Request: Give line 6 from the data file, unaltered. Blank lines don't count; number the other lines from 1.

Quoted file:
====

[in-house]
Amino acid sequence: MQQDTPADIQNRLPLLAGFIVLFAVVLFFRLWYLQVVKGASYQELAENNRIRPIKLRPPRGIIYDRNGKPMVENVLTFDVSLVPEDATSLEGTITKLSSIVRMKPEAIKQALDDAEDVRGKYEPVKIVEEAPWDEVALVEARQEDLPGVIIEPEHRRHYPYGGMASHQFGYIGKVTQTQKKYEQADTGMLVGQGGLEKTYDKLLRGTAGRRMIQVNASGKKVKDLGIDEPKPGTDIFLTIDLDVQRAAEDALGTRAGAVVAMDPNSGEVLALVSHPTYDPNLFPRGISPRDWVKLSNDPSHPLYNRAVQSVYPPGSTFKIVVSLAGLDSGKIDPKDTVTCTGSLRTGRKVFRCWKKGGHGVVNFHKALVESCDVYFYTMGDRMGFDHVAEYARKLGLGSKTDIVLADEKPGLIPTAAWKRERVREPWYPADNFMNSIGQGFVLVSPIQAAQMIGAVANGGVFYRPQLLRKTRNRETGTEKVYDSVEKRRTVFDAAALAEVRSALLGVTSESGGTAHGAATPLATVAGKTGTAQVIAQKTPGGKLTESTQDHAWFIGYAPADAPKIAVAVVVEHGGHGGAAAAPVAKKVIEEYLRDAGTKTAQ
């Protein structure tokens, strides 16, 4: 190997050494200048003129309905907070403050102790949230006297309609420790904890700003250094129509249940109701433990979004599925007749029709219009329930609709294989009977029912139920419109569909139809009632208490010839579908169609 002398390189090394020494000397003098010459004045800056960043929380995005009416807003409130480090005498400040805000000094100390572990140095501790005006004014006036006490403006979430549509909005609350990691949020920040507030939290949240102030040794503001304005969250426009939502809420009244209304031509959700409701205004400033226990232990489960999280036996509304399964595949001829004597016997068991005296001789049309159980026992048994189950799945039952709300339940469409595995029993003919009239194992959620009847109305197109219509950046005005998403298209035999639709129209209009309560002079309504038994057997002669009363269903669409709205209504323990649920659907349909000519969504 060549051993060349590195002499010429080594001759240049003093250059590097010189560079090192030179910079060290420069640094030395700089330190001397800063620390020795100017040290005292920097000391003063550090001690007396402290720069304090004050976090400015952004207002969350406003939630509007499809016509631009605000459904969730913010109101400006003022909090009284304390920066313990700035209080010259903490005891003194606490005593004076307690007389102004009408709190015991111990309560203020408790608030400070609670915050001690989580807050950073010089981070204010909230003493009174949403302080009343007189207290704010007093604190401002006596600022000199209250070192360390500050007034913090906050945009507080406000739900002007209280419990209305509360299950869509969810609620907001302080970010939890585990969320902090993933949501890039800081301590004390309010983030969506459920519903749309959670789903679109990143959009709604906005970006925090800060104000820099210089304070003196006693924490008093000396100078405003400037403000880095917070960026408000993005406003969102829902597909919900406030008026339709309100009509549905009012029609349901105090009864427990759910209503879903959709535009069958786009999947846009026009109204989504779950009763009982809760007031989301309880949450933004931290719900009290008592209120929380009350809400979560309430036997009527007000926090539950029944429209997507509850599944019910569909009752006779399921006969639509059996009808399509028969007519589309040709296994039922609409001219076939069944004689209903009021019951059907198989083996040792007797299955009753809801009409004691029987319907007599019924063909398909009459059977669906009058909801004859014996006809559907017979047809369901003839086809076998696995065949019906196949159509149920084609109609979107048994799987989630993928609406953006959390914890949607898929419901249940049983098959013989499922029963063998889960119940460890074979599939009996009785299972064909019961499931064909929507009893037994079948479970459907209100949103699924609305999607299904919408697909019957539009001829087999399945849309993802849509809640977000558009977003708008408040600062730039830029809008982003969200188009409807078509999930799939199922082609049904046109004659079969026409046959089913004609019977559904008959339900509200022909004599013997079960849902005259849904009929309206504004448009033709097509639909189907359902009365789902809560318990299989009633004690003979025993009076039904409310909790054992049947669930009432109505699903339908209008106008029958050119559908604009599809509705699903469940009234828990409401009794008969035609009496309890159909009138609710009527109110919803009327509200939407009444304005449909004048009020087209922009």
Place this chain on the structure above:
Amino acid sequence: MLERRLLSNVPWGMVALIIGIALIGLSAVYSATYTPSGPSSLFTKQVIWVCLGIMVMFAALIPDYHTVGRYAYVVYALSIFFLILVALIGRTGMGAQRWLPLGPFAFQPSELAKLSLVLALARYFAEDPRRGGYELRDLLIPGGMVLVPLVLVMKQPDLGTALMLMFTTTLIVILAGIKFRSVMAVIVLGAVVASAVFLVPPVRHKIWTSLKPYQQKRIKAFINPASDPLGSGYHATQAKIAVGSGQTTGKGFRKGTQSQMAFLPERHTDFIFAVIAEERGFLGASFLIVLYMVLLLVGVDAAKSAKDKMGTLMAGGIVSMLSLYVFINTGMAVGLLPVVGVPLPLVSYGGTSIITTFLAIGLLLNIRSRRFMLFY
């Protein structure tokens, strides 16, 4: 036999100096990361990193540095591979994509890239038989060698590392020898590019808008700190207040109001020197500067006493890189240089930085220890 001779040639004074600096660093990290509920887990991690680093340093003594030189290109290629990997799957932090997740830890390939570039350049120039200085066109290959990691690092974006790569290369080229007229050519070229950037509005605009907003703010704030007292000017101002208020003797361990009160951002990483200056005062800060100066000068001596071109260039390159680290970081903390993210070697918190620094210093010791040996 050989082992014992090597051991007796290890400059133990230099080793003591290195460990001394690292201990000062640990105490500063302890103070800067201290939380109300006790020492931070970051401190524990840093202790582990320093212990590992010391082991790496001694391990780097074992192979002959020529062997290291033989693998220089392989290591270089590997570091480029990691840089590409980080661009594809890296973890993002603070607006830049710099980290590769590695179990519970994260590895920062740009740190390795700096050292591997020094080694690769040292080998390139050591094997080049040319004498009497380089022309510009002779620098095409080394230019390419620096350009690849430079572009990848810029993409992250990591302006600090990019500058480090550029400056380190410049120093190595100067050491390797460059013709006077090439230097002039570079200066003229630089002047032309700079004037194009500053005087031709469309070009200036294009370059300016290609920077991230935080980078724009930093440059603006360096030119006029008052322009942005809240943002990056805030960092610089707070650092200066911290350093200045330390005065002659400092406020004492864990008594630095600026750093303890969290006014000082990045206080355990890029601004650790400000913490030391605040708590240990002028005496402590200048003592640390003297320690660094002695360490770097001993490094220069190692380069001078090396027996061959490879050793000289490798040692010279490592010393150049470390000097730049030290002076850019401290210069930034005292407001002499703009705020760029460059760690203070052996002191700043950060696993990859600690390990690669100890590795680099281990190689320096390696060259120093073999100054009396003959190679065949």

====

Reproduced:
């Protein structure tokens, strides 16, 4: 036999100096990361990193540095591979994509890239038989060698590392020898590019808008700190207040109001020197500067006493890189240089930085220890 001779040639004074600096660093990290509920887990991690680093340093003594030189290109290629990997799957932090997740830890390939570039350049120039200085066109290959990691690092974006790569290369080229007229050519070229950037509005605009907003703010704030007292000017101002208020003797361990009160951002990483200056005062800060100066000068001596071109260039390159680290970081903390993210070697918190620094210093010791040996 050989082992014992090597051991007796290890400059133990230099080793003591290195460990001394690292201990000062640990105490500063302890103070800067201290939380109300006790020492931070970051401190524990840093202790582990320093212990590992010391082991790496001694391990780097074992192979002959020529062997290291033989693998220089392989290591270089590997570091480029990691840089590409980080661009594809890296973890993002603070607006830049710099980290590769590695179990519970994260590895920062740009740190390795700096050292591997020094080694690769040292080998390139050591094997080049040319004498009497380089022309510009002779620098095409080394230019390419620096350009690849430079572009990848810029993409992250990591302006600090990019500058480090550029400056380190410049120093190595100067050491390797460059013709006077090439230097002039570079200066003229630089002047032309700079004037194009500053005087031709469309070009200036294009370059300016290609920077991230935080980078724009930093440059603006360096030119006029008052322009942005809240943002990056805030960092610089707070650092200066911290350093200045330390005065002659400092406020004492864990008594630095600026750093303890969290006014000082990045206080355990890029601004650790400000913490030391605040708590240990002028005496402590200048003592640390003297320690660094002695360490770097001993490094220069190692380069001078090396027996061959490879050793000289490798040692010279490592010393150049470390000097730049030290002076850019401290210069930034005292407001002499703009705020760029460059760690203070052996002191700043950060696993990859600690390990690669100890590795680099281990190689320096390696060259120093073999100054009396003959190679065949």